In Sahuarita, Rural/Metro firefighters play an important role in helping to keep the community safe and secure. Captain John Sims shared his experiences with Rural/Metro, working in Sahuarita, and what it means to him to be able to serve and protect the community.
1. How long have you been with Rural/Metro and in your role? What made you want to choose this career?
I have been in Emergency services for over 26 years in very different geographic areas. I started with Rural/Metro very soon after finishing an EMT course at Pima College back in 1990. I worked full time for the Rural/Metro Ambulance and for the first 6 years finished Paramedic school at TMC and cross trained as a Firefighter.
In September of 1996 I enlisted in the US Coast Guard. My first duty station out of Boot Camp was the USCG Cutter Storis based in Kodiak, AK. I spent 2 years doing Bering Sea and Gulf of Alaska Patrols. My last 2 years in the CG I was in Portsmouth, NH doing costal Search and Rescue and Law Enforcement. During my time in NH, I also volunteered with the New Castle Volunteer Fire Department as well as a Paramedic for the York Volunteer Ambulance in York Maine. Upon leaving the CG I returned to Tucson and was rehired back to RM as a Firefighter/Paramedic.
I did take one more little sabbatical and took a contract as a Captain for the McMurdo Fire Department in Antarctica for the 2003-2004 summer season. While in Antarctica I was also Paramedic and Instructor for the Joint Antarctic Search and Rescue Team (JSART). The JSART was an international SAR group with US and New Zealand personal stationed on Ross Island. I re-returned to Rural/Metro Fire Department around April of 2004 and have been working around the Pima County operations ever since.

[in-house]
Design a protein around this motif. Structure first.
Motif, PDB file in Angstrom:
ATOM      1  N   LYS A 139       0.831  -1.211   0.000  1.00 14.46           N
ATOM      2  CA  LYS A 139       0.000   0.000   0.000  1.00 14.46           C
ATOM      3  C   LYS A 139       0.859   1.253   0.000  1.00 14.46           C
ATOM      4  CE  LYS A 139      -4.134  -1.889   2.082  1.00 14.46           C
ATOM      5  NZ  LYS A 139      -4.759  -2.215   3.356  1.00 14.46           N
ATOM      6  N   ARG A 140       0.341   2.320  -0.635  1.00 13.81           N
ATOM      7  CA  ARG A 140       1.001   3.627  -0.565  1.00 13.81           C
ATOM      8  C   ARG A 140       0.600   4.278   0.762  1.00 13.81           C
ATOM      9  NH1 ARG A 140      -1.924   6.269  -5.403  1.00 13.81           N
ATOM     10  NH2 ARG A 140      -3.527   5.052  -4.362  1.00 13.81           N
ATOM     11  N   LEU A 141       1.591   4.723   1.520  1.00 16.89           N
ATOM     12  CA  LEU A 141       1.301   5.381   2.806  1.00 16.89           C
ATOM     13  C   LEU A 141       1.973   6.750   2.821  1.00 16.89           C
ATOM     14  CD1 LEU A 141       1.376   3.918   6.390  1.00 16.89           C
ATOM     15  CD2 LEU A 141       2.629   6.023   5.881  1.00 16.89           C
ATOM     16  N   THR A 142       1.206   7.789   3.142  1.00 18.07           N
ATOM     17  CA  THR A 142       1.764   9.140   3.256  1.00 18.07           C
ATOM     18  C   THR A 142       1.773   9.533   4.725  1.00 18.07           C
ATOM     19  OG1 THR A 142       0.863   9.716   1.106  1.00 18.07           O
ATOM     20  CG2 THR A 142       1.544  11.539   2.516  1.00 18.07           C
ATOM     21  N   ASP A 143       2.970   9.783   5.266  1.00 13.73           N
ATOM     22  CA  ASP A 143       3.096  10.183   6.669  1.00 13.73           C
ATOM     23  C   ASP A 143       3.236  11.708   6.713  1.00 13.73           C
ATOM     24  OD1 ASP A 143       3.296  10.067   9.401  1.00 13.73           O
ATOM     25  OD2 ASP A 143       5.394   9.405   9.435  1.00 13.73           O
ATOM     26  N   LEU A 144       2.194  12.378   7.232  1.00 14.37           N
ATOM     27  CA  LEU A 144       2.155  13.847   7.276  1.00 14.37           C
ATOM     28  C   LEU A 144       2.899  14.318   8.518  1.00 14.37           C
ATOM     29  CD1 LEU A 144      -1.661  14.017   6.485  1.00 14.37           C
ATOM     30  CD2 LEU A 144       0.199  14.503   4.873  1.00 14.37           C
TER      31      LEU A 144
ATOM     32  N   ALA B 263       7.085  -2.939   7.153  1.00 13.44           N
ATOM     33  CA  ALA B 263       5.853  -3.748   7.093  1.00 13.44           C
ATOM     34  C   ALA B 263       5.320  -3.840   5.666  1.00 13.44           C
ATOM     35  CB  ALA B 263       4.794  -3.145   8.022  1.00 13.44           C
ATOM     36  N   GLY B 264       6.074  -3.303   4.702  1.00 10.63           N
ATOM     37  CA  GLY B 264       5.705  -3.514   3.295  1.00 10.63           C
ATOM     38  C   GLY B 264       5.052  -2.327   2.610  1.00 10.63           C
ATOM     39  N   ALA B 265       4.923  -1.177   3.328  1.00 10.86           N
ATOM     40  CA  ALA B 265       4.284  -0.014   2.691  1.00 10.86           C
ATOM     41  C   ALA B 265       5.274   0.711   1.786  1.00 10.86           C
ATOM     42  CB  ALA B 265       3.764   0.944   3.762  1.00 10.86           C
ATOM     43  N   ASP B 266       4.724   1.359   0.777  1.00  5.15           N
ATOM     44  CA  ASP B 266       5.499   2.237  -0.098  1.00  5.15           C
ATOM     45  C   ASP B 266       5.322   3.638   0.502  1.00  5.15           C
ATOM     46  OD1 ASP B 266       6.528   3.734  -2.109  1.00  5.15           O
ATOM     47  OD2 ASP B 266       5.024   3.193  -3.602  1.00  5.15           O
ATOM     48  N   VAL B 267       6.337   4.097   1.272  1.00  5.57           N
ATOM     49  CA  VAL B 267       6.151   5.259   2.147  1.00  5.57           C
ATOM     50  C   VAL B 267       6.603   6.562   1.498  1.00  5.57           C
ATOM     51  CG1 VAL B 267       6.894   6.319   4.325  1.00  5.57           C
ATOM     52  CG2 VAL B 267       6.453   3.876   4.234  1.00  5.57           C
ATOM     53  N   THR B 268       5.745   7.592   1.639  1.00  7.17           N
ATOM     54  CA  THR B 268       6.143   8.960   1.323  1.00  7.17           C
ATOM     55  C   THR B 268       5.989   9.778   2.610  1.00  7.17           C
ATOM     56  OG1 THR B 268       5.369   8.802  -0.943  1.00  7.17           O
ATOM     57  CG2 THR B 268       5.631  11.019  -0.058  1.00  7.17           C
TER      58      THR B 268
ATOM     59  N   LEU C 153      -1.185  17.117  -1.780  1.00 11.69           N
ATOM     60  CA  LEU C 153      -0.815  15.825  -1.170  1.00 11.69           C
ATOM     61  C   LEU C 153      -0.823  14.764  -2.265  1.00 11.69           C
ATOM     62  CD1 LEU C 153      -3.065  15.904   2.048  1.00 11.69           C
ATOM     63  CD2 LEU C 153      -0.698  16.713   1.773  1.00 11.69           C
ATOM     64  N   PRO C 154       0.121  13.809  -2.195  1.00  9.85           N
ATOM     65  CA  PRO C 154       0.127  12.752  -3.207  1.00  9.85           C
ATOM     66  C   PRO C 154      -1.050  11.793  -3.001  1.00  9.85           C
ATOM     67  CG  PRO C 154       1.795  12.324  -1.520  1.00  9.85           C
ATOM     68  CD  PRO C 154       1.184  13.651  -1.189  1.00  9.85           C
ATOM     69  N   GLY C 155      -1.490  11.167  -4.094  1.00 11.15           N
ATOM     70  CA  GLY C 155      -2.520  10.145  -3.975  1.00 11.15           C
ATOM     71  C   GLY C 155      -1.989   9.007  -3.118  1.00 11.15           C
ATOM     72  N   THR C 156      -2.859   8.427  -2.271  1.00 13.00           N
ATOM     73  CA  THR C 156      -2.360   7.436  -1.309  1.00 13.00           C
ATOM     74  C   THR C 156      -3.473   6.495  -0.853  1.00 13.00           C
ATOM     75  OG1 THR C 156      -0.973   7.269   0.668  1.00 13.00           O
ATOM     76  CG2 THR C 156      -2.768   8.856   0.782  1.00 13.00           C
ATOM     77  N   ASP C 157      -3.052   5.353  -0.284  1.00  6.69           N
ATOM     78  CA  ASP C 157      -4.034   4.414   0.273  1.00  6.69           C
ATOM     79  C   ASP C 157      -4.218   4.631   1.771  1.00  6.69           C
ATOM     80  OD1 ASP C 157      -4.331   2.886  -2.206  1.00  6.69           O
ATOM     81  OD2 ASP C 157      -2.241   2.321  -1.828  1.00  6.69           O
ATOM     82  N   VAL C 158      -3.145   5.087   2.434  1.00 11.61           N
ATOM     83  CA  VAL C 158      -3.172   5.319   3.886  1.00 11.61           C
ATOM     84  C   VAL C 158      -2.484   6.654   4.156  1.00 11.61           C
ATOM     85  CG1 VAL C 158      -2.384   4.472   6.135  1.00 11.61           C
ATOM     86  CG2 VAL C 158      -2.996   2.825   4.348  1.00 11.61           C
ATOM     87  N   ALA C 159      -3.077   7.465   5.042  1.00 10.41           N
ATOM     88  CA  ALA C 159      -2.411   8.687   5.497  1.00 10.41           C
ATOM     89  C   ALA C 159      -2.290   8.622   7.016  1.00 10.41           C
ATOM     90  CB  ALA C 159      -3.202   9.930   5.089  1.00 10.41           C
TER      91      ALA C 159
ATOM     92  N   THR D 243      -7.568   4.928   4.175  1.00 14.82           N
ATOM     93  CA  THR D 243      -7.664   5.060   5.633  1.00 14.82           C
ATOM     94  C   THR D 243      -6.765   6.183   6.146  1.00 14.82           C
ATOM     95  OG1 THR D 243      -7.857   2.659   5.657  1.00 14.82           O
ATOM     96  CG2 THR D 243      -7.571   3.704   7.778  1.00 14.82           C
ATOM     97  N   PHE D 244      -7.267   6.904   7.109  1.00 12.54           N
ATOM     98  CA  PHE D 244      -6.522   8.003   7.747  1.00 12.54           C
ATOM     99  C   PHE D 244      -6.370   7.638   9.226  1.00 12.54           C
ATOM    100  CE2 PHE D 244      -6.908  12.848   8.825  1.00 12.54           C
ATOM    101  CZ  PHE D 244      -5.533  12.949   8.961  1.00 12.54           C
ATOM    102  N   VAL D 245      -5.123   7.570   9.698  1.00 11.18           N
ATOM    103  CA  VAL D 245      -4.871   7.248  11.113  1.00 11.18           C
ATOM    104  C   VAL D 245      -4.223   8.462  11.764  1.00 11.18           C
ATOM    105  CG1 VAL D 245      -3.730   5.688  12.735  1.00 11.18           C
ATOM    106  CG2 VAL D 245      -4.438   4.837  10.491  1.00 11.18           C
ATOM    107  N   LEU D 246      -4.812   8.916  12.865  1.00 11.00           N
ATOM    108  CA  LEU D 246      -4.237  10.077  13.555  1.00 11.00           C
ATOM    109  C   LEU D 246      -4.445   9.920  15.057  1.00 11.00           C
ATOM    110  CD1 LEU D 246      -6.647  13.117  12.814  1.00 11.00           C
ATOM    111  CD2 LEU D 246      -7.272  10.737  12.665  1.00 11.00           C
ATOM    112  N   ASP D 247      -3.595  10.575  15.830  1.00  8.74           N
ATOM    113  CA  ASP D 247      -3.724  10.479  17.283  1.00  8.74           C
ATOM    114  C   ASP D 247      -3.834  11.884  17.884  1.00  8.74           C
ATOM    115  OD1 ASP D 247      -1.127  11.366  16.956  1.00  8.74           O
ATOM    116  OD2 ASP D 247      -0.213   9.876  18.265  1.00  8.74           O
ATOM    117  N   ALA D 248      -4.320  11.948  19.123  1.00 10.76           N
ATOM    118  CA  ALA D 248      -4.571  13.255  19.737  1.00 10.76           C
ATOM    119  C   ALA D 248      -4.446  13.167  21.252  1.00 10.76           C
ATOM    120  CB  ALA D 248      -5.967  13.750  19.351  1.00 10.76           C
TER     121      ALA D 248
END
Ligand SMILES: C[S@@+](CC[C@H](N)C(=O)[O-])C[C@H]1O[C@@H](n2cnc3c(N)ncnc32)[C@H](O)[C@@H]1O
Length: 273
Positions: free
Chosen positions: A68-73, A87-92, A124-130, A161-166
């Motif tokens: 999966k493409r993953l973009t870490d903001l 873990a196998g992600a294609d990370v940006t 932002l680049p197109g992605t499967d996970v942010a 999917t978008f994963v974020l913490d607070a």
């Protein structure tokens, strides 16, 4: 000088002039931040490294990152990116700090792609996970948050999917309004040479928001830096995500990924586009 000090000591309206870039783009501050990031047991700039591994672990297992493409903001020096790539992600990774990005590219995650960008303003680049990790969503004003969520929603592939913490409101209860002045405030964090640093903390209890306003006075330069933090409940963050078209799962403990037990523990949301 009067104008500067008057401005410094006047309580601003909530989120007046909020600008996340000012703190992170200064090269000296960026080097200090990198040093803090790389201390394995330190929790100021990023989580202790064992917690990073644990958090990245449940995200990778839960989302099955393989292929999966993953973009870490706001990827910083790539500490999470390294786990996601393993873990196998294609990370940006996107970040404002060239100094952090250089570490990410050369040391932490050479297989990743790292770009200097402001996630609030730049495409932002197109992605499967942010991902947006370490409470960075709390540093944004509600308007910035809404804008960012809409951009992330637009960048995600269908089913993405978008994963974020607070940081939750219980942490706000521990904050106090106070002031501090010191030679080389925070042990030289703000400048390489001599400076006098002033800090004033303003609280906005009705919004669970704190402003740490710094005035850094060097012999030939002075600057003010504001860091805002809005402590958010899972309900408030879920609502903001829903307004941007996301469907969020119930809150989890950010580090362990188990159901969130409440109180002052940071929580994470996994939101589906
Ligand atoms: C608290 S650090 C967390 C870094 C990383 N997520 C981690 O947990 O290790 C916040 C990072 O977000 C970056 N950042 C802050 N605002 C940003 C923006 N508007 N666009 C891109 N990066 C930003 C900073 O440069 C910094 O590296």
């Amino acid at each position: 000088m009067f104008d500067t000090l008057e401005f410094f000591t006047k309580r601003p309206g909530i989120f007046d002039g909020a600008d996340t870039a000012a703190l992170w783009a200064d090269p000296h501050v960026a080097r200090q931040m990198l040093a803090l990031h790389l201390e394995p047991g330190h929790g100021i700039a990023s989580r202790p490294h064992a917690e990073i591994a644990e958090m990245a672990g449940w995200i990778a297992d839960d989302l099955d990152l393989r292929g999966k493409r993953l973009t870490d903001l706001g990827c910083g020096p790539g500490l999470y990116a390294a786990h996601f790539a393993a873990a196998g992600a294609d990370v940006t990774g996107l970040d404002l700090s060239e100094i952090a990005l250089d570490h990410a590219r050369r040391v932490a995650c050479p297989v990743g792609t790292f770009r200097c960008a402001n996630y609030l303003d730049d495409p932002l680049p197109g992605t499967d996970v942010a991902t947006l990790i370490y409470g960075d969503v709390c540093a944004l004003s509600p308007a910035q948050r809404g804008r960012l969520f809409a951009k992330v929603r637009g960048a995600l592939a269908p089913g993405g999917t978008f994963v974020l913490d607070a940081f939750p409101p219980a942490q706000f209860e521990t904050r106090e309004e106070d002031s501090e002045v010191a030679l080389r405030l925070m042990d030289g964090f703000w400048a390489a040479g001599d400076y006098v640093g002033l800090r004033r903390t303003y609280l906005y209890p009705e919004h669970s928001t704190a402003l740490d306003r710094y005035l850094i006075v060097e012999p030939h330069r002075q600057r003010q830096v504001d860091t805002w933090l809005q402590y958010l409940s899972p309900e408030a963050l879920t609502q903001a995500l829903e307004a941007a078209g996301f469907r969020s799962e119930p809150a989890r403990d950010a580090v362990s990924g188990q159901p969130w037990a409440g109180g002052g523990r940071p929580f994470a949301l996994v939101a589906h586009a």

Shortly after returning I was able to promote to Captain and have held that position for the last 12 years. I rotated down to the Sahuarita area about 2011 and have been the A-Shift Captain for Engine 82 ever since.
For about the last year I have been working as a responder and instructor for a robotic lift buoy with Sahuarita based Hydronalix. We recently responded to Greece to bring the robotic technology to the Greek Coast Guard and Red Cross to assist in the refugee crisis on the island of Lesvos.
I have also been a member of several of the Town of Sahuarita’s Emergency Management committees and look forward to continue contributing to the health and welfare of the residents of Sahuarita.
2. What is the most rewarding part about what you do?
The most rewarding part of my job is the trust that the community puts in us to be one of the default problem solvers for the community. I am proud to be a member of the first organization that people think to call to solve many of the community or individuals issues. From snake removal, smoke detectors chirping to the larger problems of fire and medical emergencies. It is a real credit to the fire service that we are trusted to be the go-to people for problems and emergencies.
3 find out here. What does it mean to you to be able to protect and serve the residents of Sahuarita?
Sahuarita is a unique and special place in Southern Arizona. There is a great deal of community cohesiveness and friendship that I had not experienced in the other areas that I have worked. In many other communities, neighbors had no clue who was living next door let alone assist a neighbor in distress. We routinely see neighbor helping neighbor and showing community involvement. I enjoy working here and every shift look forward to helping the residents of Sahuarita in whatever way I can.